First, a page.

After his team lost 86-62 to Kentucky, Penn Coach Jerome Allen had a message for the assembled media. "Kentucky, the University of Pennsylvania and a couple other schools out there are in the top 10 all-time wins in Division I basketball," he said, "whether you know that or not."
That was Allen's way of saying Penn, which is 10th on the list, came to bury college basketball's blue-clad Caesar on Monday night.
So when a reporter later asked guard Tyler Bernardini if Penn's 12-point leads in the first half sent visions of an upset dancing in the Quakers' collective mind, Allen could not resist injecting himself into the answer.
"Yes," he said. "No question."
Bernardini echoed the sentiment. "We felt like on the bus here that we were coming to win," he said. "We weren't coming to play a game (or) entertain the fans."
Penn's three-point shooting and what Darius Miller called a "sluggish" start for Kentucky made such an outcome plausible. Then UK rode a fast finish in the first half into second-half domination in this final tune-up for Southeastern Conference play.
Making eight of its first 10 three-point shots, Penn not only hung with Kentucky but led the first 18 minutes. The zenith (or depths from UK's perspective) came with Penn leading 29-17 and 31-19.
"They controlled the whole half," UK Coach John Calipari said. "We were lucky we were not down 10 at halftime. They were executing, making shots. We weren't aggressive enough going after balls. They were comfortable."
Penn, 5-6, got uncomfortable as Kentucky scored the final 12 points of the first half to avoid the first halftime deficit since playing Connecticut on Maui. UK tacked on the first four points of the second and seemed poised to pull away.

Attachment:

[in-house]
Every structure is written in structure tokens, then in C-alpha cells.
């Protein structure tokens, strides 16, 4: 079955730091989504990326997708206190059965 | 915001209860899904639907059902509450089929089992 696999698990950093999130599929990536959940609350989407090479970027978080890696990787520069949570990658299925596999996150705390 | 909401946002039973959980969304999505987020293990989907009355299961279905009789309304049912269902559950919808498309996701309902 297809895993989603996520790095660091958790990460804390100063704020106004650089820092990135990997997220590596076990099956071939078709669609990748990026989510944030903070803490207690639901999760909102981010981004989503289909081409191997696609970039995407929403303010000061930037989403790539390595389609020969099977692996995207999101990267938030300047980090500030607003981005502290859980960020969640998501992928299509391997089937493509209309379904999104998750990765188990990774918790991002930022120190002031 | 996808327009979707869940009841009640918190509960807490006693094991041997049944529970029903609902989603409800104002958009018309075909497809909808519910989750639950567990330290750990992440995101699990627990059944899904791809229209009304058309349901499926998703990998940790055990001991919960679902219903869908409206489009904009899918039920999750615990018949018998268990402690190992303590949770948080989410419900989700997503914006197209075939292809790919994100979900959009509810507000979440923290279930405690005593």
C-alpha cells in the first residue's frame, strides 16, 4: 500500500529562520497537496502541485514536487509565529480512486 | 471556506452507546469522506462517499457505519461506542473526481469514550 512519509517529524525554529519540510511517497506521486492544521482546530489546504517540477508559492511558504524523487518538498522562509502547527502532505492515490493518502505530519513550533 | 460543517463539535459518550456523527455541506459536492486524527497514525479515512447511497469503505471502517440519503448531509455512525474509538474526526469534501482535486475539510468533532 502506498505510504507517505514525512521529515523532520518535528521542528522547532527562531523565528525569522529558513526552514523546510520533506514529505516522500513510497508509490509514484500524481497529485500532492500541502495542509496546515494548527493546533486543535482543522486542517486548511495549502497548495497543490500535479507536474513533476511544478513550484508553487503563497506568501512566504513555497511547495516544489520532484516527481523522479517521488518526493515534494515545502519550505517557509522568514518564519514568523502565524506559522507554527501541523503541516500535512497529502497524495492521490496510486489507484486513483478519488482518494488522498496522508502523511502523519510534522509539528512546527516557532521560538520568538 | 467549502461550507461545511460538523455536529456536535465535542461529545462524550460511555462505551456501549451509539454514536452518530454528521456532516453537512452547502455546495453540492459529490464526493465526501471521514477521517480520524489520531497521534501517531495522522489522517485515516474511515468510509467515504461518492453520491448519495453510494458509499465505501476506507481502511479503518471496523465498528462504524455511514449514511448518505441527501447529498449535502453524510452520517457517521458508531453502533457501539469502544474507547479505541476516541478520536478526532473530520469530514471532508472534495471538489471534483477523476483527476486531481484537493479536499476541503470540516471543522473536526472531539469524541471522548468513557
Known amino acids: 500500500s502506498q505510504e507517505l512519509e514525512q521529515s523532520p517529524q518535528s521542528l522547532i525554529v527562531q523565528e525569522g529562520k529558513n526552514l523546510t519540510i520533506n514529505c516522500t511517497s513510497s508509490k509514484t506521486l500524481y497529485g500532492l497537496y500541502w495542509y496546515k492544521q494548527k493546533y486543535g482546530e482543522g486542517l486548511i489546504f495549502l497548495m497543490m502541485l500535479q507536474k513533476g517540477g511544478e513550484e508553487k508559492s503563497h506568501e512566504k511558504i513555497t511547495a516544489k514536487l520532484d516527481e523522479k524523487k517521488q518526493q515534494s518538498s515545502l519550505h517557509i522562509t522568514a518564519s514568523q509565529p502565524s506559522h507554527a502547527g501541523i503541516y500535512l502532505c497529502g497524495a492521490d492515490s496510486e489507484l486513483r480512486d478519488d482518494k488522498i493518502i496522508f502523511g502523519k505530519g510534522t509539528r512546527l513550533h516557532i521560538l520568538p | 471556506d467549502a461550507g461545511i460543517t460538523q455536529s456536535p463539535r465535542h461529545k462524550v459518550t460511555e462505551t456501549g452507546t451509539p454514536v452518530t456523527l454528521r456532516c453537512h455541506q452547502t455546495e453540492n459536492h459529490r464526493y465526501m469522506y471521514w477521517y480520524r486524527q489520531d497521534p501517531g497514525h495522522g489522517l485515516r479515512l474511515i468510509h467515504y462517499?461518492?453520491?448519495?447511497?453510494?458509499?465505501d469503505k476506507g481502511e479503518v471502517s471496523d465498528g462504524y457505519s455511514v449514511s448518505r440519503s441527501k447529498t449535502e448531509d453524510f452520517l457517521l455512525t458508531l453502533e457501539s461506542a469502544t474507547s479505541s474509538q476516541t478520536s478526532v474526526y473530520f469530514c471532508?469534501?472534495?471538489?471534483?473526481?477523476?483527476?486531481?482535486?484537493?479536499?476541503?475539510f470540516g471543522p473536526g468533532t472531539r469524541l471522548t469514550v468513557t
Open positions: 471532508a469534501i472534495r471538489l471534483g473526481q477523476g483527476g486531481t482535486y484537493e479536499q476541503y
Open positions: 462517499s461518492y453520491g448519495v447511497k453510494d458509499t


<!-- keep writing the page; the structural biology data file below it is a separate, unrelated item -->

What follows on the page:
By making 18 of 22 second-half shots, Kentucky breezed to its 12th victory in 14 games.
Although Penn could get off only two three-point attempts in the final 17:56, Allen cited the visitors' lack of defense as the deciding factor.
"All the time, I tell them made or missed shots are here and there," the Penn coach said. "You want to be consistent with the defensive effort. In the second half, we didn't put defensive stops together."
Brandon Knight led UK with 22 points. Doron Lamb scored 16, while Josh Harrellson contributed his second straight double-double with 12 points and 11 rebounds, and chipped in a career-high six blocks.
Bernardini, who came into the game averaging 7.7 points, led Penn with a season-high 22. Point guard Zack Rosen's six points marked only the second time in the last 37 games he failed to crack double digits.
Bernardini paced Penn's early shooting by making three of four en route to a 16-point first half. Penn had made fewer than seven three-pointers in six of its 10 games, and only once made more. Bernardini came into the game having made only eight of 43 attempts (18.6 percent).
That the sharpshooting came against a Kentucky team that had led the SEC in three-point defense (29.1 percent accuracy by opponents) made it all the more surprising.
When Miles Cartwright hit from the corner to put Penn ahead 17-10, Calipari called time and swung his fist as if Tiny Tim tried to throw a haymaker at Tim Duncan.
"The first half, we left corners, which we never do," he said. "We just left guys in corners. We don't leave corner shooters. ... But we gave them, I think, four first-half looks in the corner with no one on (the shooter). We left them. And I was going bananas."
After a Bernardini free throw, Kentucky went on its 12-0 run to finish the half. A three-point play by Lamb, which marked UK's only fast-break points in the half, helped ignite the rally.
Harrellson kept Kentucky afloat earlier with offensive rebounds. He had seven in the first half. Overall, Kentucky outrebounded Penn 37-17.
Allen said Kentucky's run late in the first half was pivotal.
"I felt like the balance of the youth that they have ... we had them right where we wanted them: on the ropes," the Penn coach said. "You never know. A team playing at home and a lot of pressure. Brandon Knight is a phenomenal basketball player. But he's still a freshman."
When asked if Kentucky pulling away showed that his freshman-oriented team had become rattle-proof, Calipari shook his head.
"No," he said. "We are what we are. This is who we are."